"Nothing -- and I mean nothing -- is more important to the families in our state and for the future of Alaska than education. The hopes and dreams we have for our children, grandchildren and our communities begin with a quality education," declared Shirley J. Holloway, commissioner of the Alaska Department of Education.
Against a backdrop of global conflict, the power of education was the focus of a statement presented at the United Nations' International Consultative Conference on School Education by the Baha'i International Community in Madrid Nov. 25.
"In the midst of an age convulsed by moral crisis and social disintegration, the need for understanding about who we are as human beings is vital to the achievement of lasting peace and well-being," the statement read.
Education was credited as the shining light at the end of intolerance's dark tunnel, emerging "as an indispensable tool -- a tool of active moral learning." The statement called for a curriculum that weaves exploration of the physical and social world with a study of moral and spiritual empowerment.
As a consequence of the deep connection between individual and social well-being, programs of education need to instill in every child a twofold moral purpose.
The first relates to the process of personal transformation, of intellectual, material and spiritual growth.
The second concerns the complex challenge of transforming society's structures and processes.
To pursue this dual purpose of individual and collective transformation, specific moral capabilities must be developed that encompass the concepts, values, attitudes and skills that enable the individual to make appropriate moral choices and promote creative and cooperative patterns of human interaction.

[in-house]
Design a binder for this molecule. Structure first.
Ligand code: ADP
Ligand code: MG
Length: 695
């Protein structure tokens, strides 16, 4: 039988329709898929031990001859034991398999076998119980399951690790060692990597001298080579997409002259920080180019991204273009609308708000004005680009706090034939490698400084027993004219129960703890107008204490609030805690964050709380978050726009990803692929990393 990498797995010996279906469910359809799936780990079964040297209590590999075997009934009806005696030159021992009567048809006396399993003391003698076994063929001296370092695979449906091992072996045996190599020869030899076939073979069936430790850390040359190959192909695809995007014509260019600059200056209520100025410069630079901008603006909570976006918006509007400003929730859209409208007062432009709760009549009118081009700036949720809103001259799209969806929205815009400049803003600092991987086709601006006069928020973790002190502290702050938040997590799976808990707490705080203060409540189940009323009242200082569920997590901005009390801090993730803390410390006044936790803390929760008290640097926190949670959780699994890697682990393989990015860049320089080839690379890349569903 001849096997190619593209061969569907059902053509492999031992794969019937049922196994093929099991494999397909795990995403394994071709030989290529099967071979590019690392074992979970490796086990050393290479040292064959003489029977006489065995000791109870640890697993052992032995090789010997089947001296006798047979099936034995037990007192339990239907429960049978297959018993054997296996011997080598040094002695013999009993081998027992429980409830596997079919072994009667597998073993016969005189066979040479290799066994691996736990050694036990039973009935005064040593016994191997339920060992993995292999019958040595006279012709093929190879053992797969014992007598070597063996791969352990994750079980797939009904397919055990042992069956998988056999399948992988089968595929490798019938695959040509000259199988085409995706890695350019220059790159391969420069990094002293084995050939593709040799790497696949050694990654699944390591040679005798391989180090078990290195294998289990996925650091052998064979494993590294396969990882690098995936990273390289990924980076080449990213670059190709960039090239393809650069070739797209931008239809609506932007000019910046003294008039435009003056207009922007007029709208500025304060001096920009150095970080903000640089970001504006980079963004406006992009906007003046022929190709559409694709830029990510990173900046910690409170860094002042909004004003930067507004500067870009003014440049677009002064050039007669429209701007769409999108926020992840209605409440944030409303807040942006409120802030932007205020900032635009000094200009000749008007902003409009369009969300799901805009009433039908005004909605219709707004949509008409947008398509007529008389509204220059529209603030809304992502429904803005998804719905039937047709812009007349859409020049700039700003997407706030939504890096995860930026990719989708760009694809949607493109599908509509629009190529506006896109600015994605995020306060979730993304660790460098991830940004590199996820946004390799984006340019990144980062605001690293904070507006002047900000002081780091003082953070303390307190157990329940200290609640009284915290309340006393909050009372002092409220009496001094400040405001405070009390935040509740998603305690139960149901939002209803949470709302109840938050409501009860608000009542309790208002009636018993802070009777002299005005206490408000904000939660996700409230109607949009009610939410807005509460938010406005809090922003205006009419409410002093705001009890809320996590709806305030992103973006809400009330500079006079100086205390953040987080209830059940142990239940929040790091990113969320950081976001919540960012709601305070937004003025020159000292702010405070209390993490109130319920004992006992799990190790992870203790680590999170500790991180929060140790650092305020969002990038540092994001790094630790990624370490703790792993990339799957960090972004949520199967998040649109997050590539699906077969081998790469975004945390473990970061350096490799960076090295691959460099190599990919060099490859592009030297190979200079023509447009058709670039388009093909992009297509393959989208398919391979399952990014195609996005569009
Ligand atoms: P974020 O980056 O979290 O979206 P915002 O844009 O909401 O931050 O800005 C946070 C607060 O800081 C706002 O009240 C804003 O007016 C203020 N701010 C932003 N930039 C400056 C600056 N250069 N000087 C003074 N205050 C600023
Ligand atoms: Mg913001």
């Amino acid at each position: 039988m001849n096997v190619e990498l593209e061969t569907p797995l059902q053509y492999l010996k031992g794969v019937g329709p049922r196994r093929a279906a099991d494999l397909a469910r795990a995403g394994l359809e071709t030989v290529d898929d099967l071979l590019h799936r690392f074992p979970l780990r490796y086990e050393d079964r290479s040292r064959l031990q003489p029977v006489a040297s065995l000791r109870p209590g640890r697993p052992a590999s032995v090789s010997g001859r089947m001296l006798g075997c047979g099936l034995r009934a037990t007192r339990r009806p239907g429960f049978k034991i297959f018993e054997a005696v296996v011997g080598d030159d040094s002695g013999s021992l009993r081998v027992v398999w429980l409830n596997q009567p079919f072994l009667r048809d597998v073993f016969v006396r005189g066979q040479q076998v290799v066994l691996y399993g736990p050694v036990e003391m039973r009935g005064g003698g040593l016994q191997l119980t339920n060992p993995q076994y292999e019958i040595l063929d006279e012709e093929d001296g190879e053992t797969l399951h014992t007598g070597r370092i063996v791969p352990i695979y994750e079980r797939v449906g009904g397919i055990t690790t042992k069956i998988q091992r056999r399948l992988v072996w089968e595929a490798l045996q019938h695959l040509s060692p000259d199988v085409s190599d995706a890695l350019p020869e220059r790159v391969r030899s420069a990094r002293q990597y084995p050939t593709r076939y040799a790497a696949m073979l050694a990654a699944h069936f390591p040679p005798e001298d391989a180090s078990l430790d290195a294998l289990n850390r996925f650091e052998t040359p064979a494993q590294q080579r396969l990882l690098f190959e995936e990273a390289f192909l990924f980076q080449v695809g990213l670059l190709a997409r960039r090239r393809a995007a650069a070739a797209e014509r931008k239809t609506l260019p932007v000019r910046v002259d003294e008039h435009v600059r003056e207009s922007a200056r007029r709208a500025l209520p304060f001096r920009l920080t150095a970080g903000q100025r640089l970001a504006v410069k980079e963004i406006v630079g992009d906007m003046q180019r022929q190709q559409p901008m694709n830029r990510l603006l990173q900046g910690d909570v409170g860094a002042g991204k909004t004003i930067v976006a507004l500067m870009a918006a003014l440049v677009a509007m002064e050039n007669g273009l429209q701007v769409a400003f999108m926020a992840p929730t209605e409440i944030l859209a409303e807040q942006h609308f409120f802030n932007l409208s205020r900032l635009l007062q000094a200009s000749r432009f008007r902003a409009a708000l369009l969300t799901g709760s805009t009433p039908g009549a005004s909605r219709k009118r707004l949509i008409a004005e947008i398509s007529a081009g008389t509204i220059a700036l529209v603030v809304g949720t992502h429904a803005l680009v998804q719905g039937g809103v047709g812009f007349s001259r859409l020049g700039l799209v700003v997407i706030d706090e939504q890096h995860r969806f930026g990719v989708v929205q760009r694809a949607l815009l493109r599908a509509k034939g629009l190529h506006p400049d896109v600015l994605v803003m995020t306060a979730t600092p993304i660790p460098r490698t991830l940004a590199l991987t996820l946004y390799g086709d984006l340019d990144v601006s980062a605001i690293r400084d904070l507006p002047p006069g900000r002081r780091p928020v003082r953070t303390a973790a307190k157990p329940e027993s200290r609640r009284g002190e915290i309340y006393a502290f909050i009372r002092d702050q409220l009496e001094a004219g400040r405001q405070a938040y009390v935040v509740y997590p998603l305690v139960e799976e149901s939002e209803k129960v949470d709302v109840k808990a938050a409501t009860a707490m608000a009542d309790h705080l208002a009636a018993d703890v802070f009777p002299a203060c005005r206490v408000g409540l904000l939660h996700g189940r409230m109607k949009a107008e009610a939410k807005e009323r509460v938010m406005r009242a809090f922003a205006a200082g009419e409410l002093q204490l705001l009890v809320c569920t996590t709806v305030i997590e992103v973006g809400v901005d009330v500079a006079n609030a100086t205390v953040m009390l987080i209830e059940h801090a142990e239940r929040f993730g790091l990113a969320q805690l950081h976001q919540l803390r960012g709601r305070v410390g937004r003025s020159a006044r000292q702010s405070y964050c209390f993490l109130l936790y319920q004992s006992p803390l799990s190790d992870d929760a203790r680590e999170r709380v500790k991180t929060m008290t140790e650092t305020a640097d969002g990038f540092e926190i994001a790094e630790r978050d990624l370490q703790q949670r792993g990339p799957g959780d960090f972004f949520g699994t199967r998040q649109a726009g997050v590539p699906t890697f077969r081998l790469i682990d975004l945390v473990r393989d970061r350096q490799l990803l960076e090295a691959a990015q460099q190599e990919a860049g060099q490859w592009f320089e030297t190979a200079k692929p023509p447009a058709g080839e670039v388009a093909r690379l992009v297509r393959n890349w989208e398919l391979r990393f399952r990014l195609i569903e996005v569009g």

The framework for such capabilities is a commitment to discover and apply truth in every domain of human endeavor. Since moral behavior is a concrete expression of humanity's spiritual nature, moral education efforts should draw in a systematic way on both the methods of science and the insights of religion.
Eliminating all barriers to the free exploration, acceptance and expression of religious belief is critical to the creation of a universal culture of human rights.
"An integral feature of any education initiative having a moral and spiritual focus must be the notion of the oneness and interdependence of the human race," the statement to the United Nations read.
Education, then, is the key to active moral learning.
To accomplish the complete development of human personality and an awareness of humanity's dignity, and to promote understanding, tolerance and friendship among all nations, racial, ethnic or religious groups, education must focus on developing the integration of intellectual, artistic, social, moral and spiritual qualities.
"Regard man as a mine rich in gems of inestimable value," Baha'u'llah urges, "Education can, alone, cause it to reveal its treasures and enable mankind to benefit there from."
These "treasures" require conscious development because, even though nobility, goodness and beauty are innate aspects of our nature, human beings are subject to inclinations that corrupt the inner self and quench the light of love.
Believing that the United Nations represents a major effort in the unification of the planet, Baha'is support its work in every possible way. The Baha'i International Community is accredited with consultative status with the United Nations Economic and Social Council and with the United Nations Children's Fund.
The promotion of tolerance and mutual understanding among the diverse segments of the human family cannot be a passive or rhetorical exercise.
"Let us be assured, and let it be communicated that it is possible to both tread the path of religious faith and to be tolerant. Civilization's future course depends on it," the statement urged in closing.
In the words of Baha'u'llah, "Observe tolerance and righteousness, which are two lights amidst the darkness of the world and two educators for the edification of mankind."
Paul Gray of Soldotna is a Baha'i, serving as the public information officer for Alaska.
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